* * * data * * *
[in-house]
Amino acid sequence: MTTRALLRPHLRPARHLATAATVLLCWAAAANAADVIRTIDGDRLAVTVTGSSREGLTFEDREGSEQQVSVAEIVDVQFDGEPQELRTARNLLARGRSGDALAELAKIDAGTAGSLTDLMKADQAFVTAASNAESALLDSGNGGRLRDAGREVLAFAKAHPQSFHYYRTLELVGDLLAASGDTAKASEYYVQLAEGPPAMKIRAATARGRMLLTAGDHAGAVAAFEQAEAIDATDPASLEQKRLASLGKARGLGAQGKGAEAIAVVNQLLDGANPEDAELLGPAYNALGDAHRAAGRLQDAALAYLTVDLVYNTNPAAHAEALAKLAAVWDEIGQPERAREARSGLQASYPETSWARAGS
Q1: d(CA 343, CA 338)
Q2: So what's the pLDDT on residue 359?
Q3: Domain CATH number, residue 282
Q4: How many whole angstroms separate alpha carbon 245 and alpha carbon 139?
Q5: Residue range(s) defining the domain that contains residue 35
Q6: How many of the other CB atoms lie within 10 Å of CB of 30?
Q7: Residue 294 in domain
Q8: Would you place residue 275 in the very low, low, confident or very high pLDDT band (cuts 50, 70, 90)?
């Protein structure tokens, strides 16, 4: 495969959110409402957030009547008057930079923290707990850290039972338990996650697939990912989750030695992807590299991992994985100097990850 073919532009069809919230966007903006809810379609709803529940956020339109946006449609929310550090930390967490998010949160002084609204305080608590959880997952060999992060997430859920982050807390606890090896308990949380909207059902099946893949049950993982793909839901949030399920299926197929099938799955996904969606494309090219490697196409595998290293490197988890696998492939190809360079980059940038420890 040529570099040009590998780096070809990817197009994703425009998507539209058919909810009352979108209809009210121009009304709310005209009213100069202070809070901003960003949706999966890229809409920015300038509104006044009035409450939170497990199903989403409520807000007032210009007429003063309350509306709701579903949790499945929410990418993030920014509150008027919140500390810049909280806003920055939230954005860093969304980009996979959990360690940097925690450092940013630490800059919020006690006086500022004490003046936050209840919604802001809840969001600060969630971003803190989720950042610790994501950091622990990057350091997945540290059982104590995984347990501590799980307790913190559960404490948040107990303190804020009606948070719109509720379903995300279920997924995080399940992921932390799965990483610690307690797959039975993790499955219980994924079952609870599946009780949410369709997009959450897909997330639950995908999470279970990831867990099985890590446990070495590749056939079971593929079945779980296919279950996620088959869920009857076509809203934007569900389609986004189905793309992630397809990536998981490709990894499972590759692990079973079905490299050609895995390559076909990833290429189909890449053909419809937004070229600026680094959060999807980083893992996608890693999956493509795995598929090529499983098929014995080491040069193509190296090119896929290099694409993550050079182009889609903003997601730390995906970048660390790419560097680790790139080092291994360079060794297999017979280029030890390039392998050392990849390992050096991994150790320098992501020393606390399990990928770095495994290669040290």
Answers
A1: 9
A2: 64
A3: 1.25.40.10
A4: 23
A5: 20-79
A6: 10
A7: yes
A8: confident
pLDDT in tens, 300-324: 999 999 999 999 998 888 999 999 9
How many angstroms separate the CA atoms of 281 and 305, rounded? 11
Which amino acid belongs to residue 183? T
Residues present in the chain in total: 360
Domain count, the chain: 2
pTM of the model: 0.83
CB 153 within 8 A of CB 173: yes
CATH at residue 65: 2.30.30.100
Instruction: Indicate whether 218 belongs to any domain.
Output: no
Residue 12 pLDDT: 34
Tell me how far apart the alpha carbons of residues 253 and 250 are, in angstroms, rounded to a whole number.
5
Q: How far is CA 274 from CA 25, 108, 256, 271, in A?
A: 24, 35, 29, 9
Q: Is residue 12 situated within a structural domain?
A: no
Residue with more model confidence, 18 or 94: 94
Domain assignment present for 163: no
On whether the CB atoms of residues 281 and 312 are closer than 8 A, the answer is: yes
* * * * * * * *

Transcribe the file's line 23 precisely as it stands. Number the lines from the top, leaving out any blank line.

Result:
Which amino acid belongs to residue 183? T